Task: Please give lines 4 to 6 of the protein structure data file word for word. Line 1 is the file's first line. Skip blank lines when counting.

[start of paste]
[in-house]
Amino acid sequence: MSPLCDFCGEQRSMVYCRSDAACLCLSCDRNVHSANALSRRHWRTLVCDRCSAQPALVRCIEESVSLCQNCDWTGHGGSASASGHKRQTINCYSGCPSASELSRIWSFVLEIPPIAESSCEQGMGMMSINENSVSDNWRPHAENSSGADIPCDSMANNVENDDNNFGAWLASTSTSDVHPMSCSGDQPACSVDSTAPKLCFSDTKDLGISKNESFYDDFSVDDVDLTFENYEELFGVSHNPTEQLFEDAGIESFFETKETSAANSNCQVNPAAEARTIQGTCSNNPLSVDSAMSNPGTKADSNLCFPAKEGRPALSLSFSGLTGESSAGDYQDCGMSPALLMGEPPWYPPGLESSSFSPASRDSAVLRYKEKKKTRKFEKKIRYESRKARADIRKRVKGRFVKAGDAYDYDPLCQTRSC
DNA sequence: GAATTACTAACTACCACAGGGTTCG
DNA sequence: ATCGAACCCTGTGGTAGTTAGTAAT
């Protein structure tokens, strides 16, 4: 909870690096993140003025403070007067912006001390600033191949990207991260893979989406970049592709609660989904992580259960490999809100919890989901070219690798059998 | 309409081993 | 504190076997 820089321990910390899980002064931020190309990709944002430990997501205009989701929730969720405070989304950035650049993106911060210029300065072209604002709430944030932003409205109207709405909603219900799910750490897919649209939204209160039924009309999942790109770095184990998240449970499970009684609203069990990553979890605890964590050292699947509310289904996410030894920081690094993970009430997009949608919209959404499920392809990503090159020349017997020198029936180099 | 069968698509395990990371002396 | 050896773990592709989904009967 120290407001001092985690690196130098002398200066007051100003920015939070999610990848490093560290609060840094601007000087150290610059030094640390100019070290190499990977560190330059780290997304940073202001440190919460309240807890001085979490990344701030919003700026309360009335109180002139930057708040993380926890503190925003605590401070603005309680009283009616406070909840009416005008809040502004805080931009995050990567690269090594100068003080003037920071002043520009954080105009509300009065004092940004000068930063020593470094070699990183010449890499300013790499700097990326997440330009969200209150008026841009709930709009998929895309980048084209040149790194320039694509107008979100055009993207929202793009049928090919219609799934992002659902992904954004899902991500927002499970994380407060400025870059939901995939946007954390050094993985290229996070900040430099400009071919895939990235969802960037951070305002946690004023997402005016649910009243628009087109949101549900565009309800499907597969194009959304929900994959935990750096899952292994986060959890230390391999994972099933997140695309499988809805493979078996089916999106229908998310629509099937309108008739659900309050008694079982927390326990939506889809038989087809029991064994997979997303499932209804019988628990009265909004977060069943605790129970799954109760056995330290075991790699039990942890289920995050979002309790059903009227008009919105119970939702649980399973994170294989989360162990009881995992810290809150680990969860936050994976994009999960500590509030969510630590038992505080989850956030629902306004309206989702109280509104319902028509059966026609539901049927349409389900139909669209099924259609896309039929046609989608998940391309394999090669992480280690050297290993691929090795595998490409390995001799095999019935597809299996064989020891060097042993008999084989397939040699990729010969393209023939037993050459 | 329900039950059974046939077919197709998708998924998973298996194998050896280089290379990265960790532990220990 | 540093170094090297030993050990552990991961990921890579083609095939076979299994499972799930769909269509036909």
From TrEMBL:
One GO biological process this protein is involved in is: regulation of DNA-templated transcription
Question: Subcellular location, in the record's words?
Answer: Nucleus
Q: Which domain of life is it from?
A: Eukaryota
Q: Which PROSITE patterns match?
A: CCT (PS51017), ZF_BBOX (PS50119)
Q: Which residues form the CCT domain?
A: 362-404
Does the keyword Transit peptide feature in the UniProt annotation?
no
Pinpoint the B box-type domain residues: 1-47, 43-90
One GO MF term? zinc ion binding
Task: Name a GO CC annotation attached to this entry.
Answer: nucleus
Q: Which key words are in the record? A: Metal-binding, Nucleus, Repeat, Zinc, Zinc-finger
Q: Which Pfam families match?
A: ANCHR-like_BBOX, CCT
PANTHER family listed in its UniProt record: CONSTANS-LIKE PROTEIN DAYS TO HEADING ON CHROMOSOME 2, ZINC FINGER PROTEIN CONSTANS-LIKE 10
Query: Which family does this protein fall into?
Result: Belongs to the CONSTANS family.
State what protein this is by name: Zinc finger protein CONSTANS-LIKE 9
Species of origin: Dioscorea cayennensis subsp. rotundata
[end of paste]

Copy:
DNA sequence: ATCGAACCCTGTGGTAGTTAGTAAT
């Protein structure tokens, strides 16, 4: 909870690096993140003025403070007067912006001390600033191949990207991260893979989406970049592709609660989904992580259960490999809100919890989901070219690798059998 | 309409081993 | 504190076997 820089321990910390899980002064931020190309990709944002430990997501205009989701929730969720405070989304950035650049993106911060210029300065072209604002709430944030932003409205109207709405909603219900799910750490897919649209939204209160039924009309999942790109770095184990998240449970499970009684609203069990990553979890605890964590050292699947509310289904996410030894920081690094993970009430997009949608919209959404499920392809990503090159020349017997020198029936180099 | 069968698509395990990371002396 | 050896773990592709989904009967 120290407001001092985690690196130098002398200066007051100003920015939070999610990848490093560290609060840094601007000087150290610059030094640390100019070290190499990977560190330059780290997304940073202001440190919460309240807890001085979490990344701030919003700026309360009335109180002139930057708040993380926890503190925003605590401070603005309680009283009616406070909840009416005008809040502004805080931009995050990567690269090594100068003080003037920071002043520009954080105009509300009065004092940004000068930063020593470094070699990183010449890499300013790499700097990326997440330009969200209150008026841009709930709009998929895309980048084209040149790194320039694509107008979100055009993207929202793009049928090919219609799934992002659902992904954004899902991500927002499970994380407060400025870059939901995939946007954390050094993985290229996070900040430099400009071919895939990235969802960037951070305002946690004023997402005016649910009243628009087109949101549900565009309800499907597969194009959304929900994959935990750096899952292994986060959890230390391999994972099933997140695309499988809805493979078996089916999106229908998310629509099937309108008739659900309050008694079982927390326990939506889809038989087809029991064994997979997303499932209804019988628990009265909004977060069943605790129970799954109760056995330290075991790699039990942890289920995050979002309790059903009227008009919105119970939702649980399973994170294989989360162990009881995992810290809150680990969860936050994976994009999960500590509030969510630590038992505080989850956030629902306004309206989702109280509104319902028509059966026609539901049927349409389900139909669209099924259609896309039929046609989608998940391309394999090669992480280690050297290993691929090795595998490409390995001799095999019935597809299996064989020891060097042993008999084989397939040699990729010969393209023939037993050459 | 329900039950059974046939077919197709998708998924998973298996194998050896280089290379990265960790532990220990 | 540093170094090297030993050990552990991961990921890579083609095939076979299994499972799930769909269509036909």
From TrEMBL: